Virtual Museum of Canada
Jardin botanique de Montréal 
Centre for Forest Research

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These thorns, originally intended to ward off browsing animals, now have a totally different function. The abnormally large thorns on this acacia are hollow: providing ready-made housing for ants, and even feeding them via special glands. In return, the ants protect the miraculous tree, feeding on the buds of climbing plants and discouraging anything that might try to eat it – insects, naturally, but also herbivores as big as giraffes!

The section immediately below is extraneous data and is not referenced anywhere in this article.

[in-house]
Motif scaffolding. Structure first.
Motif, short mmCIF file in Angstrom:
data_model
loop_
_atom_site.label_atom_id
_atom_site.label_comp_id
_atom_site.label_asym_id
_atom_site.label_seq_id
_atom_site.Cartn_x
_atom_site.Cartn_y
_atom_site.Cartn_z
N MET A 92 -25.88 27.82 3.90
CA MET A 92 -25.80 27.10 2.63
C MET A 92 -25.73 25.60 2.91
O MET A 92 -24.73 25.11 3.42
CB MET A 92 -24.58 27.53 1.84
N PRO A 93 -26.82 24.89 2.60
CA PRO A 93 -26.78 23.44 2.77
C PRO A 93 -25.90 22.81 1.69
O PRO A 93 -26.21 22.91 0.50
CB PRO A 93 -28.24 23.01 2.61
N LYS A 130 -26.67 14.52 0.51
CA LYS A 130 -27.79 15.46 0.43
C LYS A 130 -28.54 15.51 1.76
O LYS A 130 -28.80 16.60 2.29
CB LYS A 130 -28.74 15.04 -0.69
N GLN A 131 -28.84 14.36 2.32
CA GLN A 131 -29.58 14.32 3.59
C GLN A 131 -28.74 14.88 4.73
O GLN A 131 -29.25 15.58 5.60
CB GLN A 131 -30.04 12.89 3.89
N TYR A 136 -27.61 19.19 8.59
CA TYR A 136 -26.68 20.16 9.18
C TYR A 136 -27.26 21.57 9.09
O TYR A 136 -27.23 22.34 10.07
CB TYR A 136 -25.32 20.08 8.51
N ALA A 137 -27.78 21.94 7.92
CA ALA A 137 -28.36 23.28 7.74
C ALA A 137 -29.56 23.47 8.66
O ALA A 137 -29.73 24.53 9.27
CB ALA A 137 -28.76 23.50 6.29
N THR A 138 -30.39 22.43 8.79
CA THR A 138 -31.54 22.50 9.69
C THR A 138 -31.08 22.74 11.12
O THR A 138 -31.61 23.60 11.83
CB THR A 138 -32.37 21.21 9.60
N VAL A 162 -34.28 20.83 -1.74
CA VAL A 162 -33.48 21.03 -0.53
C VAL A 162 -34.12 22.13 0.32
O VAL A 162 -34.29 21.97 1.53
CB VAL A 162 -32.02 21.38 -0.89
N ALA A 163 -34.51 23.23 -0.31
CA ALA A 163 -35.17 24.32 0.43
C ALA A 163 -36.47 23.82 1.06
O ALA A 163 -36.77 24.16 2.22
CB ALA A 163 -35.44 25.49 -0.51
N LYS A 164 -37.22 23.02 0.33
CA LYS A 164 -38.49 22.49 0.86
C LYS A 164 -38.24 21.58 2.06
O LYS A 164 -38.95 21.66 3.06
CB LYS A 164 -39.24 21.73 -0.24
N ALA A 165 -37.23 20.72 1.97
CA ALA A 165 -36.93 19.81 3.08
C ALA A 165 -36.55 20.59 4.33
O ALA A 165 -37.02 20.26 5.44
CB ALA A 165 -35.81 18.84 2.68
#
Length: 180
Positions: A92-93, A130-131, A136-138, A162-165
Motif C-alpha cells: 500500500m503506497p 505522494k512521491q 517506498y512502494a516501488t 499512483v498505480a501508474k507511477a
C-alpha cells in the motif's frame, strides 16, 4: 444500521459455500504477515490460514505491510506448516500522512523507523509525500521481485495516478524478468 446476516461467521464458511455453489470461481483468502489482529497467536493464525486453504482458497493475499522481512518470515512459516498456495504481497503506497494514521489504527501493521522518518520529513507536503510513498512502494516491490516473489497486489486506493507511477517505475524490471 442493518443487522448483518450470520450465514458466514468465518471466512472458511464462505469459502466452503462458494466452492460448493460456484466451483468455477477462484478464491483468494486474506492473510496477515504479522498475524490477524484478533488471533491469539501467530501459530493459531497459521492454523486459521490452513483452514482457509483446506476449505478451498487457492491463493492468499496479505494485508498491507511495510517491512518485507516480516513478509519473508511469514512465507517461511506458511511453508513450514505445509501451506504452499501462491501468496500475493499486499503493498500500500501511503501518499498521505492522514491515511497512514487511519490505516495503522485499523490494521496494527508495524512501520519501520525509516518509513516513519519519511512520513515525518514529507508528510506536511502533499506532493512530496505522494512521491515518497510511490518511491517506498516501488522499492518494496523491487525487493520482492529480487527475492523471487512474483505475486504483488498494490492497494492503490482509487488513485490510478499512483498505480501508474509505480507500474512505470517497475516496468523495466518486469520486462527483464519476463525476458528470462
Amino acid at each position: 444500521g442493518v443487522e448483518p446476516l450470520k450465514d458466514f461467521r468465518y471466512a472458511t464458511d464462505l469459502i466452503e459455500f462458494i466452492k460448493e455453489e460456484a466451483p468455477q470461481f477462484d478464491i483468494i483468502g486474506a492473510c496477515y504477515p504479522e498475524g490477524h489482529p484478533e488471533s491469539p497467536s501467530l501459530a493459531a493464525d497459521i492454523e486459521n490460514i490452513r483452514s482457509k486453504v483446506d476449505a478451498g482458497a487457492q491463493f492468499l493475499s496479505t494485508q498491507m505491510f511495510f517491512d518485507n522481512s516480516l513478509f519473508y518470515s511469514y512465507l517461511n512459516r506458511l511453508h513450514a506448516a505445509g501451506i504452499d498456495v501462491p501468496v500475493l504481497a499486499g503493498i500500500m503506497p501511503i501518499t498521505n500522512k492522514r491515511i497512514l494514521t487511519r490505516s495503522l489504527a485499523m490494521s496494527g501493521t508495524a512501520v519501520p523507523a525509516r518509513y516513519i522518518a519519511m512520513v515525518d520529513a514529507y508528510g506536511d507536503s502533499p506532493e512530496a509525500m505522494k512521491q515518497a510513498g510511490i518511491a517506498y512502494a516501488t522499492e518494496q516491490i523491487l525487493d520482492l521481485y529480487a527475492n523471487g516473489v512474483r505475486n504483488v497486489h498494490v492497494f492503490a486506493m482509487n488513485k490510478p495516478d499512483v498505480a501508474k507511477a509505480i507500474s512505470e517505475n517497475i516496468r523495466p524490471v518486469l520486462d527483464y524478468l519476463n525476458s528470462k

This particularly impressive relationship, in which both partners benefit, is called mutualism. Although less spectacular, some non-parasitic fungi growing on the surface of trees may be another example. They offer protection against infection by their parasitic fungi.

Photo of the hollow spine of a bullhorn acacia (Acacia cornigera) and its symbiotic acacia ant (Pseudomyrmex ferruginea)
Acacia cornigera
© Geoff Gallice
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